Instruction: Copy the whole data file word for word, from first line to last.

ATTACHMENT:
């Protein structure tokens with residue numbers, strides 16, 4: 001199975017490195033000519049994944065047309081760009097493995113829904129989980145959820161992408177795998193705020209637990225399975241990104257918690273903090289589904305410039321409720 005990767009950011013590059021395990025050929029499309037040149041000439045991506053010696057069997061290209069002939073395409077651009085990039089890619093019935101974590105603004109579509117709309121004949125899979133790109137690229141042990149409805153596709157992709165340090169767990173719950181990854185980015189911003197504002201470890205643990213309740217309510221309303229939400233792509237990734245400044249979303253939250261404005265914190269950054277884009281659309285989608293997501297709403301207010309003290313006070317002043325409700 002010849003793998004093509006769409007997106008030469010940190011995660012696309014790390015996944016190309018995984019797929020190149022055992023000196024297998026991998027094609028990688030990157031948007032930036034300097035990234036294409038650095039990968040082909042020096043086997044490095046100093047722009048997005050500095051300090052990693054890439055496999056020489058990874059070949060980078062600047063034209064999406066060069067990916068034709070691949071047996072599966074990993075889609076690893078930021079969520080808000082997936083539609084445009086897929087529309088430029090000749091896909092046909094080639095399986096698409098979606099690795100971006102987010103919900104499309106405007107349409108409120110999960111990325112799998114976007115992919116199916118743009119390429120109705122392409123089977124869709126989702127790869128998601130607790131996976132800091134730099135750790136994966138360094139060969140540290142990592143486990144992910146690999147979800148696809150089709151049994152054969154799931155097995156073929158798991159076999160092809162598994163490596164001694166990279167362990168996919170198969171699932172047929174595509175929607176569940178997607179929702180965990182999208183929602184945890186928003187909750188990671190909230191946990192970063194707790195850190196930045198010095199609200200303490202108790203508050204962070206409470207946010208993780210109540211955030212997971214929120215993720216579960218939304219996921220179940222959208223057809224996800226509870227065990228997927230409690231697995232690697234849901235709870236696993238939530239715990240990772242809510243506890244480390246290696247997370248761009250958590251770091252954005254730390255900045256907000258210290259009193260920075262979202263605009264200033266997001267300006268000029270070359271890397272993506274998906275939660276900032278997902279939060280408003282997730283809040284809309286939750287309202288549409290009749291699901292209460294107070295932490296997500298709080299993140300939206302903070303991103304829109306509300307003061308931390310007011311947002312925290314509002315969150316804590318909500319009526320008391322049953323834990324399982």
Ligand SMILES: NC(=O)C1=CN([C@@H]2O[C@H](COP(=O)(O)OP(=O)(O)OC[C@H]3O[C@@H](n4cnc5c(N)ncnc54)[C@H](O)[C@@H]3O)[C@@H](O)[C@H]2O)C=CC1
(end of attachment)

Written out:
């Protein structure tokens with residue numbers, strides 16, 4: 001199975017490195033000519049994944065047309081760009097493995113829904129989980145959820161992408177795998193705020209637990225399975241990104257918690273903090289589904305410039321409720 005990767009950011013590059021395990025050929029499309037040149041000439045991506053010696057069997061290209069002939073395409077651009085990039089890619093019935101974590105603004109579509117709309121004949125899979133790109137690229141042990149409805153596709157992709165340090169767990173719950181990854185980015189911003197504002201470890205643990213309740217309510221309303229939400233792509237990734245400044249979303253939250261404005265914190269950054277884009281659309285989608293997501297709403301207010309003290313006070317002043325409700 002010849003793998004093509006769409007997106008030469010940190011995660012696309014790390015996944016190309018995984019797929020190149022055992023000196024297998026991998027094609028990688030990157031948007032930036034300097035990234036294409038650095039990968040082909042020096043086997044490095046100093047722009048997005050500095051300090052990693054890439055496999056020489058990874059070949060980078062600047063034209064999406066060069067990916068034709070691949071047996072599966074990993075889609076690893078930021079969520080808000082997936083539609084445009086897929087529309088430029090000749091896909092046909094080639095399986096698409098979606099690795100971006102987010103919900104499309106405007107349409108409120110999960111990325112799998114976007115992919116199916118743009119390429120109705122392409123089977124869709126989702127790869128998601130607790131996976132800091134730099135750790136994966138360094139060969140540290142990592143486990144992910146690999147979800148696809150089709151049994152054969154799931155097995156073929158798991159076999160092809162598994163490596164001694166990279167362990168996919170198969171699932172047929174595509175929607176569940178997607179929702180965990182999208183929602184945890186928003187909750188990671190909230191946990192970063194707790195850190196930045198010095199609200200303490202108790203508050204962070206409470207946010208993780210109540211955030212997971214929120215993720216579960218939304219996921220179940222959208223057809224996800226509870227065990228997927230409690231697995232690697234849901235709870236696993238939530239715990240990772242809510243506890244480390246290696247997370248761009250958590251770091252954005254730390255900045256907000258210290259009193260920075262979202263605009264200033266997001267300006268000029270070359271890397272993506274998906275939660276900032278997902279939060280408003282997730283809040284809309286939750287309202288549409290009749291699901292209460294107070295932490296997500298709080299993140300939206302903070303991103304829109306509300307003061308931390310007011311947002312925290314509002315969150316804590318909500319009526320008391322049953323834990324399982």
Ligand SMILES: NC(=O)C1=CN([C@@H]2O[C@H](COP(=O)(O)OP(=O)(O)OC[C@H]3O[C@@H](n4cnc5c(N)ncnc54)[C@H](O)[C@@H]3O)[C@@H](O)[C@H]2O)C=CC1